Are the 12 new Vita characters not playable right from the start?
- The 12 new VITA characters are playable right from the start in both the retail and digital VITA versions of the game. For the retail version: if you wish to play these characters on your PS3 as well, you simply need to enter the printed DLC download code that comes with the retail disc to redeem them on your PS3.
Basically, is this like an Online Pass setup where those who buy the game used would need to buy them as DLC in order to unlock them?
- If users buy a used retail copy of the game, they will still have access to the 12 DLC character on their VITA because they are available standard as mentioned. However, if the enclosed DLC codes have already been redeemed by the previous owner of the game, they will not be able to put the 12 new character DLC on their PS3, or the 38 alternate costume DLC content on their VITA or PS3.
If I buy the game digitally at launch, will I get the 12 new characters?
- The digital VITA version comes with the 12 characters standard from the very beginning, just like the retail version. In addition, the purchase history of the 12 characters will be recorded on the user's PSN ID record, so they can redeem them for free on their PS3.
How about the alternate costume DLC for the 38 standard characters?
- The 38 character alternate costume DLC comes as a printed DLC download code for the VITA retail version. This DLC can be shared between the VITA and PS3. For the digital version, the purchase history of the 38 character alternate costume DLC will be recorded on the user's PSN ID, and thus can be redeemed for free on VITA and PS3.
Or the alternate costume DLC for the 12 new characters?
- The alternate costume DLC is available as a pre-order bonus for the retail copy of the game. This DLC can be shared between the VITA and the PS3. The DLC will be available for other users later on.
This is from Nintendo's latest shareholder Q&A on their investor relations website:
Q:I would like to know about the current situation of the company?s operations in China and what problems you have in doing business there. Apart from this specific question, I have an idea for you: I would like you to energetically create software filled with dreams that is exciting for both children and adults. On NHK (Japan Broadcasting Corporation), I watched the news that Mr. Miyamoto, a senior director of the company, recently won a globally acclaimed award. To create such excellent games, I hope Mr. Iwata and Mr. Miyamoto will go through various experiences, including deadly adventures like crossing the Sahara on camelback or exploring the Amazon, full of piranhas, anacondas and crocodiles, together with the company?s other game creators.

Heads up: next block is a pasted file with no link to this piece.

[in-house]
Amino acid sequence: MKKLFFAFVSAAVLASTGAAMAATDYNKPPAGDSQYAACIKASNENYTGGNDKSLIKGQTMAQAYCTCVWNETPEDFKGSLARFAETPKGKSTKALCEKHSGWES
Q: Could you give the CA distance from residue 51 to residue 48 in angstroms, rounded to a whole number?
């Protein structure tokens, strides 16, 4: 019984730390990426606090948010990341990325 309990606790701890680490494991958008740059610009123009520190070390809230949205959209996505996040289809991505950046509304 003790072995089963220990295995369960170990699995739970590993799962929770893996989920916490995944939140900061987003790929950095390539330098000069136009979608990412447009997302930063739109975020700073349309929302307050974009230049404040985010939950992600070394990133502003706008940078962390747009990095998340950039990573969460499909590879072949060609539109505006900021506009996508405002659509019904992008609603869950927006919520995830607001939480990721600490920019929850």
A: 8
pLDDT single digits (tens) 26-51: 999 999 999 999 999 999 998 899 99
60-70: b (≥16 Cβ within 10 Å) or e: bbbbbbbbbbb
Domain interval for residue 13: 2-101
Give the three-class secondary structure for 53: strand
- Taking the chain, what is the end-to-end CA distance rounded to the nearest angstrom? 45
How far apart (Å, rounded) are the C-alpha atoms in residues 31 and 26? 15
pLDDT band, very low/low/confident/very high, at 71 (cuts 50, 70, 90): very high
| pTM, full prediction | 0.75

If you care about the answer, you can find it here:http://www.nintendo.co.jp/ir/en/stock/meeting/120628qa/02.htmlBut I guarantee you it can't be as great as the question.
In season five of Fox's medical drama House, the episode "Here Kitty" opens with the grouchy-yet-brilliant doctor playing with Hot Wheels set up around the body of a comatose patient, sending a car down a ramp to literally jump a toy shark. It was a winking nod to the TV trope invoked to mean that a show's writers have run out of ideas, a clever acknowledgement to the audience that while the show would carry on (for another three seasons, it turned out), it would likely do so as a creatively destitute shadow of its already formulaic former self.
At the time, I was a bit amazed at the honesty of the scene, as if the creators of what had until then been a largely excellent show were stepping outside the confines of the program for just a moment to communicate directly with me as a member of the audience. "Things are going to get bad," they seemed to say. "The realities of the marketplace and our need to put food on the table will keep this running for a while yet, but we just want you to know it's never going to be the same. We owe that much to you for your support all these years."
That moment in a TV show I saw in 2009 was the first thing I thought of when I heard that New Super Mario Bros. 2 would be the first Mario game to feature downloadable content. I already had reservations about the game. When Nintendo showed off a glimpse of it during its Electronic Entertainment Expo media briefing, I was struck by the coin-grabbing focus of the game. Sure, Mario has always picked up coins, but as Nintendo marketing exec Scott Moffit noted on stage, "What you can't help but notice is that this Mario is all about the gold." Coin-lust is a theme Nintendo has played with before, but only with Wario, a character created to represent the opposite of everything Mario embodies. Conveniently, Wario has also been used to satirize shamelessly greedy game publishers in the WarioWare series, essentially presenting such operations as the opposite of everything Nintendo stands for.
So a Mario game fixated on coins raised an eyebrow. But combined with the news of the DLC plan, it presents an irresistibly coherent picture of a creative team signaling a regretful epoch change to the faithful who happen to be paying attention. Well that's what I desperately want to believe, anyway. The truth of the matter is that I just don't think mainstream game developers put that much bigger picture thought into their work, and even when they do, they aren't bold enough to insert subversive candor into their titles. Especially not at Nintendo, proud home of corporate spokespeople with summer homes in the uncanny valley.
Given that, I expect New Super Mario Bros. 2 to be welcomed as a score attack-driven approach to the classic platforming formula. That could be great in and of itself, as I think there are plenty of interesting mechanics the game could crib from latter-day shoot-'em-ups to make for some engaging leaderboard competition. But if this is the beginning of Nintendo's transformation into just another shamelessly greedy game publisher, if the company forsakes the stubborn vision that makes it Nintendo for better and for worse, then we can look back on this and pinpoint New Super Mario Bros. 2 as the inflection point. And we can at least say we were warned.